Thank You, Apple Maps. Now Go Away Forever

iPhone owners: let's raise our glasses to Apple Maps, which has, indirectly, given us a better iPhone. And then let's get rid of it.

The New Google Maps for iPhone

Google

The terrifying few months of what will be forever known as Apple Mapgate (no it won't) are over. Google just released Google Maps for the iPhone, so we can all stick Apple Maps in our "Utilities" folder on our homescreens where it can sit comfortably next to other useless apps like Compass and Stocks. But here's the weird thing: Google didn't just package up the old Google Maps for iOS app and re-release it. They spent the past few months actually making a better app, with features the iOS version of Google Maps never had before.

In other words, thank you, Apple Maps, for giving iOS users a better phone.

It's easy to forget that Google Maps for iOS was never particularly great; it was pretty, but increasingly limited, especially compared to Maps on Android. It never had turn-by-turn navigation, which Android has had since October of 2009 (!), it never had bike directions or offline caching, and it used clumsy bitmaps instead of vectors. That last one is why Google Maps for Android (and, to be fair, Apple Maps) loads faster and never looks blurry while zooming or panning.

The underlying data in Google Maps for iPhone was always great, of course; Google spends lots of time and money and effort getting the best data for its maps. But during all the panic over Apple Maps, we lionized the old Google Maps, and we shouldn't have, really.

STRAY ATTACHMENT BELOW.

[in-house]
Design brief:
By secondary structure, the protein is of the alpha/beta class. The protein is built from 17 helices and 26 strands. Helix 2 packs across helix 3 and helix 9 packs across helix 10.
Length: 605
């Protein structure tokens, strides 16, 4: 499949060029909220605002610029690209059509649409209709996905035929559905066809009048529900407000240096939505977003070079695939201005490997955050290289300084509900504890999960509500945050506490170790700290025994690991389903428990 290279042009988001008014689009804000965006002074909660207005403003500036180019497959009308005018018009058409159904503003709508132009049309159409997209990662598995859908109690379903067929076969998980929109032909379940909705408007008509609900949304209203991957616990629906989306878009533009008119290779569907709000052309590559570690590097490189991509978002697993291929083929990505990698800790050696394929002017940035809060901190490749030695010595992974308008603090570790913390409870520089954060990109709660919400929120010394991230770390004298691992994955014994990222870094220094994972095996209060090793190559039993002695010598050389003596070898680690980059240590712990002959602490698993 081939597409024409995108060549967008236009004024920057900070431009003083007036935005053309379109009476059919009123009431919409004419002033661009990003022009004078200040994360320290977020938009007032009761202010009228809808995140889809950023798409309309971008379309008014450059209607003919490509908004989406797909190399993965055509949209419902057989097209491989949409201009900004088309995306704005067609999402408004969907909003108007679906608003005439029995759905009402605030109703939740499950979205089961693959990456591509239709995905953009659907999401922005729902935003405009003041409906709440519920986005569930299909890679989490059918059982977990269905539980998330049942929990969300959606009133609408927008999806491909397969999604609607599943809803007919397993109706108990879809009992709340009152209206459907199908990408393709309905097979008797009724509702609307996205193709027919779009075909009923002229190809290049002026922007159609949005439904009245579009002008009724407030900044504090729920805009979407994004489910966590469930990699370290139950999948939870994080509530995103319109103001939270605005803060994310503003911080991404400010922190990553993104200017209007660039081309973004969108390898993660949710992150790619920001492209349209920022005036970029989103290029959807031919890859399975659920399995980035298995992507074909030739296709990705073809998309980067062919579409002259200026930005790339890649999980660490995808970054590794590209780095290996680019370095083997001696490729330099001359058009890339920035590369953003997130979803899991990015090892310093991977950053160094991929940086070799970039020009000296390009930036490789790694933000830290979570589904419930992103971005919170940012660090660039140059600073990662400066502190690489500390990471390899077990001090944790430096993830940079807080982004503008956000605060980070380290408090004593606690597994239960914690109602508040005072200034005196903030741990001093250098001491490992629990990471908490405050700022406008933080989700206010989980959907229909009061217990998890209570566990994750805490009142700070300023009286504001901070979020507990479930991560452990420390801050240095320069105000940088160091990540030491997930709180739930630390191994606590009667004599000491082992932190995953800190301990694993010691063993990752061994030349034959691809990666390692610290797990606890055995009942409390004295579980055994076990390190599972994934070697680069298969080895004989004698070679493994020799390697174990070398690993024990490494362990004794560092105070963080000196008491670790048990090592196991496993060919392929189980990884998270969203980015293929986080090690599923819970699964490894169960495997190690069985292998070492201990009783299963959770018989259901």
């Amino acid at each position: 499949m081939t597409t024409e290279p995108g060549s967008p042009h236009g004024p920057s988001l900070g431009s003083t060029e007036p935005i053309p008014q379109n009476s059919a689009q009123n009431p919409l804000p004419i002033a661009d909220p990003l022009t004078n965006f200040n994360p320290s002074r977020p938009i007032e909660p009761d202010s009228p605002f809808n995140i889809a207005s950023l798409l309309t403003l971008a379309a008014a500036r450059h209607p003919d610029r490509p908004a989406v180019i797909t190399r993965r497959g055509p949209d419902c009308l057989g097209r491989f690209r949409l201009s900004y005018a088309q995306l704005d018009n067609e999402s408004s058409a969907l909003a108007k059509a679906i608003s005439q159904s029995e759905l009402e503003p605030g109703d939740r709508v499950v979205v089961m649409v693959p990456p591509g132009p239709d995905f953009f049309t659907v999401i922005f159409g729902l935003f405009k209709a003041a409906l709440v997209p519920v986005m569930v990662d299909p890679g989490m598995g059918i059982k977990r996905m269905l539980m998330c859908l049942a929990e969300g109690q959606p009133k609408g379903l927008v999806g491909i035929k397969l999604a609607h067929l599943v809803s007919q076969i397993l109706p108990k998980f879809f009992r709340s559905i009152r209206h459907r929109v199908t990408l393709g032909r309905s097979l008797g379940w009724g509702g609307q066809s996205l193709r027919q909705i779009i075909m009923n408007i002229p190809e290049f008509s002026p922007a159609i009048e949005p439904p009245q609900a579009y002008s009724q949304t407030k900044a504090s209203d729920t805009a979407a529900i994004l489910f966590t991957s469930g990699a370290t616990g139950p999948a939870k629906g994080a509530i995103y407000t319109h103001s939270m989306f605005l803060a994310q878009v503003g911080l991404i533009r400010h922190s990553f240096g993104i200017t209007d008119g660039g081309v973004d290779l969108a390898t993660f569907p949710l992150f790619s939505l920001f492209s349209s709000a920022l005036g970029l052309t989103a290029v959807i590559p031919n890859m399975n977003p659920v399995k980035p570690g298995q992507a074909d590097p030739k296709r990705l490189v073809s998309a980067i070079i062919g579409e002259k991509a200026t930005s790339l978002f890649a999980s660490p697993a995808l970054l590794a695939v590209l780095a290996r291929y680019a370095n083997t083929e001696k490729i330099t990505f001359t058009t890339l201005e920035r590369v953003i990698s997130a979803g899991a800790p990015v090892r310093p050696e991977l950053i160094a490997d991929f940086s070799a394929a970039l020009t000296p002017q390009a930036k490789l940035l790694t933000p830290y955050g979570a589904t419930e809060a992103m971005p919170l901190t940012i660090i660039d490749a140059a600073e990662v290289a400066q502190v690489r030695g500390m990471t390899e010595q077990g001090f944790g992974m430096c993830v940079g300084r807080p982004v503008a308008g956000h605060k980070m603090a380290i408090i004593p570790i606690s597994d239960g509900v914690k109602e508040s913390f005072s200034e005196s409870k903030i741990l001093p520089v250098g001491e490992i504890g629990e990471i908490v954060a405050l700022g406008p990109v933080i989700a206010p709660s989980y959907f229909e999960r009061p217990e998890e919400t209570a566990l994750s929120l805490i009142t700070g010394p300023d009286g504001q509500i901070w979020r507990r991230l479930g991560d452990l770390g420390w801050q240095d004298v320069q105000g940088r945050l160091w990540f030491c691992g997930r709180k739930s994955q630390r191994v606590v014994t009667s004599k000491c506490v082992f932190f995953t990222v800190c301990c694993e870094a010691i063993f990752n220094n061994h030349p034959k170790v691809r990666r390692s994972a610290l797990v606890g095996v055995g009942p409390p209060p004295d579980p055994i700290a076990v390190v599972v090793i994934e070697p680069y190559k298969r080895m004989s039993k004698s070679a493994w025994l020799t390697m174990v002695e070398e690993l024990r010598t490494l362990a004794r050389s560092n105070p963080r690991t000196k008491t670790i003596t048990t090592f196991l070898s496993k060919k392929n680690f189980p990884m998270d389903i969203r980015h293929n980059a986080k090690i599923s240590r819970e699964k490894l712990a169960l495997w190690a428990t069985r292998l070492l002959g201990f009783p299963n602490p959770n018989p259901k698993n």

That's why it's interesting that the new Google Maps is such a marked improvement. It actually looks modern now--no stupid folded-over corner, a skeumorphic relic from 2008. Instead it looks like Google circa 2012, which is very nice indeed. Clean white bars, clear symbols, a hidden sidebar with more options. It has turn-by-turn navigation now, and vector graphics, and listings from Zagat (which Google acquired a few months back). It works even with older iPhones, which Apple Maps does not.

Google responded to Apple Maps as if Apple Maps was a threat, as if any app named "Google Maps" wouldn't get about a billion downloads as soon as it was released. Google decided to compete with Apple. And that's great for us, because Google finally (mostly) stopped handicapping the iOS version of it's map app. It still doesn't have everything the Android version has, but the weird thing about this whole mess is that iPhone users have come out on the other side with something they should have been demanding all along: a modern, full-featured maps app.